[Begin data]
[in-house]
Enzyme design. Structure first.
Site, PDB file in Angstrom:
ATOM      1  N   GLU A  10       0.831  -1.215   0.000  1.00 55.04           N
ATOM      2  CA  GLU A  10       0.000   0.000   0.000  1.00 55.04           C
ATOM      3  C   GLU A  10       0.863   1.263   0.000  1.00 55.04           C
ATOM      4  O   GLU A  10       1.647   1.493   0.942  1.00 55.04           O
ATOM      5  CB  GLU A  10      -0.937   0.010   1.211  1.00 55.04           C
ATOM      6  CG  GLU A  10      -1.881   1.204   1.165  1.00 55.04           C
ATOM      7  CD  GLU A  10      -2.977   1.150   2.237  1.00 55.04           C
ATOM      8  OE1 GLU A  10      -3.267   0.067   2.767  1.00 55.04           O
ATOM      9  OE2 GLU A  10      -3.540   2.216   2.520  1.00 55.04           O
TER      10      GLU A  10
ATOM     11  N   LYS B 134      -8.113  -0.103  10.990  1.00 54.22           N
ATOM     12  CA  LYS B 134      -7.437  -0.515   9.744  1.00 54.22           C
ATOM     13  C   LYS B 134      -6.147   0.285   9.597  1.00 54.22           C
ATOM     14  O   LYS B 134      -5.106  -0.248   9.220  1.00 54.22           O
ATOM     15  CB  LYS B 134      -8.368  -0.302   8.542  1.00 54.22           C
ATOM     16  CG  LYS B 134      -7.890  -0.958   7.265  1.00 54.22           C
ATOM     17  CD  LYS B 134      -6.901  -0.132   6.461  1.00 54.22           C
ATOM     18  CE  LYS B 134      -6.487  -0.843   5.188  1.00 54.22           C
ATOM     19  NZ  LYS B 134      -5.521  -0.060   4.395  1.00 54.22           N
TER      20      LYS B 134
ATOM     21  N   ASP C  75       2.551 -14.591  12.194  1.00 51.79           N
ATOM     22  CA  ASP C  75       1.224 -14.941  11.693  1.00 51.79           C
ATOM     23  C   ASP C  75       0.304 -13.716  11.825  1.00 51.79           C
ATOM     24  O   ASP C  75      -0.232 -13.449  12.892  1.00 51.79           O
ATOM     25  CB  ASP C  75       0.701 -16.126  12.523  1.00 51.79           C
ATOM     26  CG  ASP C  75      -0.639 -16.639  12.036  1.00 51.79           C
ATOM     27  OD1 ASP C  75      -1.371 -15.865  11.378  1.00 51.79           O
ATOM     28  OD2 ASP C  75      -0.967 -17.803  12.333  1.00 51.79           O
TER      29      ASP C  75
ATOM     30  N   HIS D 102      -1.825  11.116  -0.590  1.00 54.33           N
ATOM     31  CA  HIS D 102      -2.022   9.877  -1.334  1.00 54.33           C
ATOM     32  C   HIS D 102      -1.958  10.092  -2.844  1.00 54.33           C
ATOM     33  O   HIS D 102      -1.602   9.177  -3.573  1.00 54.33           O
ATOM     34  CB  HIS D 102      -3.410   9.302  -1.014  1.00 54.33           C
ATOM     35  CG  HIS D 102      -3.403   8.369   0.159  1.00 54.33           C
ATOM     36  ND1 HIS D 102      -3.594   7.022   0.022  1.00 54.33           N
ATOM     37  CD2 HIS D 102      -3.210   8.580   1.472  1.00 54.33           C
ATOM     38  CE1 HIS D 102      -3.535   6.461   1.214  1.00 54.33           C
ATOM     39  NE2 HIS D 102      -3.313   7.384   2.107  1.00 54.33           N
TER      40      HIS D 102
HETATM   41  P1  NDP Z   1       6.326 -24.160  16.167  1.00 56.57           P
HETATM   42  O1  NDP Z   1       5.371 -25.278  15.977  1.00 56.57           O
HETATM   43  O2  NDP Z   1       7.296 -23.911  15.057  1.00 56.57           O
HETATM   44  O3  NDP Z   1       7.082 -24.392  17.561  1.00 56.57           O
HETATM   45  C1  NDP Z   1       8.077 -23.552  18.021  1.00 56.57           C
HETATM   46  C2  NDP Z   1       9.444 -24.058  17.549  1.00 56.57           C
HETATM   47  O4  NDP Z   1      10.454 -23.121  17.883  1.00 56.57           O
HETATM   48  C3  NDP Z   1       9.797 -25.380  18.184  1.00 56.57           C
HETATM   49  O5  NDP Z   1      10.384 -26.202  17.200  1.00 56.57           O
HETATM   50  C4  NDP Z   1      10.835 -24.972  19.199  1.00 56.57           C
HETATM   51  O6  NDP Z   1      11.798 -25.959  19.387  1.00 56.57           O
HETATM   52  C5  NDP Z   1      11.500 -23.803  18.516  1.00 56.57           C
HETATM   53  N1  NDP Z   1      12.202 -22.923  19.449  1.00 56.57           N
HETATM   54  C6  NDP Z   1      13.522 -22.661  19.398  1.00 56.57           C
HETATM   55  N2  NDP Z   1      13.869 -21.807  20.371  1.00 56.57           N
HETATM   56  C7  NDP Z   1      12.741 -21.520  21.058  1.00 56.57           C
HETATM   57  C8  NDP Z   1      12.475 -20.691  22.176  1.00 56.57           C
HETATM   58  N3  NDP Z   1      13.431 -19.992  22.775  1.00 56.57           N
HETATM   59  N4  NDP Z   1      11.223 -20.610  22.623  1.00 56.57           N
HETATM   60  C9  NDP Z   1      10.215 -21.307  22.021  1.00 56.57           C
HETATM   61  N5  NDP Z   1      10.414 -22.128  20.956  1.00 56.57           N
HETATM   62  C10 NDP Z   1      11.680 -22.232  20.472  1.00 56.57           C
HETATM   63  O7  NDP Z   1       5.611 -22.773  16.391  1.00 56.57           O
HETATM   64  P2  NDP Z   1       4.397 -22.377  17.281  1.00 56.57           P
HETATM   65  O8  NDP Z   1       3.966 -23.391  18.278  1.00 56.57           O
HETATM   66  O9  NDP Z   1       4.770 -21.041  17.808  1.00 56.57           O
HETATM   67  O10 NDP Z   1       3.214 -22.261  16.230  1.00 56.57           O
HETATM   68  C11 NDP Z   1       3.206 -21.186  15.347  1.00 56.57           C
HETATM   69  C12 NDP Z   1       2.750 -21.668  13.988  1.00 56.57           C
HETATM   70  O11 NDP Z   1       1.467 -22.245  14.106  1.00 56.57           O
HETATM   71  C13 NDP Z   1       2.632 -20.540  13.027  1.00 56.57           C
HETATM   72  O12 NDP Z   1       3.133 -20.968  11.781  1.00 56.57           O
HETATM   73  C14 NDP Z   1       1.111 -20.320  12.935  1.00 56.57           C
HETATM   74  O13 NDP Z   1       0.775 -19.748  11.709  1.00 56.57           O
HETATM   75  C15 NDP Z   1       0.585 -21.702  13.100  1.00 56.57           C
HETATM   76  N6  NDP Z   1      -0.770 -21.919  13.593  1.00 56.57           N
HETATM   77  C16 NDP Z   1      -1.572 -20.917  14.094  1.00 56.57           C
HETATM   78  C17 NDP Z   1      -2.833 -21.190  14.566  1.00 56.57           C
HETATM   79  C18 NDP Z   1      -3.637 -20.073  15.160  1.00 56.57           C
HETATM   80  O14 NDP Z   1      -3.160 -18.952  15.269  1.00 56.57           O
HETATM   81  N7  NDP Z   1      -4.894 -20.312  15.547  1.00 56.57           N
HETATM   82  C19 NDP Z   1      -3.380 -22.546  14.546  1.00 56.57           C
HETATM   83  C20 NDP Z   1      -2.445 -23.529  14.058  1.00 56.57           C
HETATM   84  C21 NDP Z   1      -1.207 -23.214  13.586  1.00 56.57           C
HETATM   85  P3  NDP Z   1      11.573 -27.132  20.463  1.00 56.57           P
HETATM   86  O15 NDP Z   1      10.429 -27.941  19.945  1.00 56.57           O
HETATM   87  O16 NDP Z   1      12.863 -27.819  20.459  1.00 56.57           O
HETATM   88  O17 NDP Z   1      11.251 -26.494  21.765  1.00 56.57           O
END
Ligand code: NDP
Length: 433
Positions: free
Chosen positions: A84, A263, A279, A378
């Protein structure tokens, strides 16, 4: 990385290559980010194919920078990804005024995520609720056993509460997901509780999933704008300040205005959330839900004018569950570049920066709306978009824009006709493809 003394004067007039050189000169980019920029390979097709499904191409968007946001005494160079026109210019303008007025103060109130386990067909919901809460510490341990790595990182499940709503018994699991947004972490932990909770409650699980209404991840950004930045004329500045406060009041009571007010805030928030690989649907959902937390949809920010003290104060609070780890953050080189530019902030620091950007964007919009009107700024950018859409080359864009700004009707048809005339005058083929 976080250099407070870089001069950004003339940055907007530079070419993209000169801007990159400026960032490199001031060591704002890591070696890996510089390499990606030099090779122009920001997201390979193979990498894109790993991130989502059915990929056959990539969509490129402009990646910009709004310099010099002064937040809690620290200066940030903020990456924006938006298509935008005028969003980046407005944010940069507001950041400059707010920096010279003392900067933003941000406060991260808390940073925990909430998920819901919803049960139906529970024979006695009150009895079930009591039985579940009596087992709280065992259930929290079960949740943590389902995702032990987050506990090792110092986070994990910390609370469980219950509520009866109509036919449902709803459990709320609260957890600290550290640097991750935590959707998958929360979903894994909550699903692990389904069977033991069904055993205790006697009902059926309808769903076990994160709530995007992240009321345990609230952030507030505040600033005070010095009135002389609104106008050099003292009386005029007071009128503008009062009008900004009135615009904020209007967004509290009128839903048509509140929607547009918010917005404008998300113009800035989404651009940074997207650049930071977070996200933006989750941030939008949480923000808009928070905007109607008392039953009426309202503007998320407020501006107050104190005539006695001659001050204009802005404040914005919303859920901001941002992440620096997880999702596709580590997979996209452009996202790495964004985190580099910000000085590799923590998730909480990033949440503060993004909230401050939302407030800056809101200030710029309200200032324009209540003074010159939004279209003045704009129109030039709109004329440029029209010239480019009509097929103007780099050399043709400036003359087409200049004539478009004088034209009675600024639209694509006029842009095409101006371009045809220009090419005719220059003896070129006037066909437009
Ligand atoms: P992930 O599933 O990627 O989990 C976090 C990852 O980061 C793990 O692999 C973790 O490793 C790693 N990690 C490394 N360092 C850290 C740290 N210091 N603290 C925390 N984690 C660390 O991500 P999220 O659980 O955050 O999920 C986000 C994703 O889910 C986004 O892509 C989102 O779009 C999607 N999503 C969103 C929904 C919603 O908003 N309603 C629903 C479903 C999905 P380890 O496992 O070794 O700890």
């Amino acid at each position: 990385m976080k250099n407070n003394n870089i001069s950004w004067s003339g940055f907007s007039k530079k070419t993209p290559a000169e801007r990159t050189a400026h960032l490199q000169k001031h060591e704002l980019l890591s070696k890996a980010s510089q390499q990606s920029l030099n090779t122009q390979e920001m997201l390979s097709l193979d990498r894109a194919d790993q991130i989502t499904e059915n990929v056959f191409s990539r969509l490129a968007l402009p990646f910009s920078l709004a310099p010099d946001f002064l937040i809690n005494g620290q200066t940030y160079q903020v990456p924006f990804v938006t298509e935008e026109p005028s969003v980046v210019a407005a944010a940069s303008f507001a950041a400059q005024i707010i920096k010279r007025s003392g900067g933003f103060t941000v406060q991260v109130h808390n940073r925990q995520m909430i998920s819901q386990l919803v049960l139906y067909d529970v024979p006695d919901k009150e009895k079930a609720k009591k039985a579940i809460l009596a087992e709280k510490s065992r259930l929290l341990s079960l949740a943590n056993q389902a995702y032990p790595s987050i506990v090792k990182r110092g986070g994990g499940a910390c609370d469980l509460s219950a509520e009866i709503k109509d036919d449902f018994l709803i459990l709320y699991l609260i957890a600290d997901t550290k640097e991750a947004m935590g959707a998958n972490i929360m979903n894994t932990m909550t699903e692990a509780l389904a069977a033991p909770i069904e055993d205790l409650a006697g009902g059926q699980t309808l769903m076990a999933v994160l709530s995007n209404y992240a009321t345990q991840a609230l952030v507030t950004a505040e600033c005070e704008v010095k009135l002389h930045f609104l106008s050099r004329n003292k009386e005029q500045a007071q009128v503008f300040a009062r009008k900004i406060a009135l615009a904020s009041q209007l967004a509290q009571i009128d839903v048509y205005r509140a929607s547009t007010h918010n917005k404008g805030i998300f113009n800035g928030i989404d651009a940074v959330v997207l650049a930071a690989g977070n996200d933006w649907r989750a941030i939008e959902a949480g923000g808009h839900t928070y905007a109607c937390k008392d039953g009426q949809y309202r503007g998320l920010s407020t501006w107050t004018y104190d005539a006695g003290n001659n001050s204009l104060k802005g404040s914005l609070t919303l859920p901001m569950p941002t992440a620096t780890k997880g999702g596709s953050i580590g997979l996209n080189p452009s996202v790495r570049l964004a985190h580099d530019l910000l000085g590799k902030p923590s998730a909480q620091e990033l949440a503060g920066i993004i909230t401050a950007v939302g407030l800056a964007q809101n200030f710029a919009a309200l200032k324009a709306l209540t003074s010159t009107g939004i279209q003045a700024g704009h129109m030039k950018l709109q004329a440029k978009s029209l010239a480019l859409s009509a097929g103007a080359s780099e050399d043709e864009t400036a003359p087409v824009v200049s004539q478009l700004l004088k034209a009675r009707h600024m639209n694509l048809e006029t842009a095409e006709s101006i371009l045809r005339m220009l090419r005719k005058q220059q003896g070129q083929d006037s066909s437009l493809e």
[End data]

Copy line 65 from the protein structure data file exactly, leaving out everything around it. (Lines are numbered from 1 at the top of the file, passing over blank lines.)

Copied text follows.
HETATM   62  C10 NDP Z   1      11.680 -22.232  20.472  1.00 56.57           C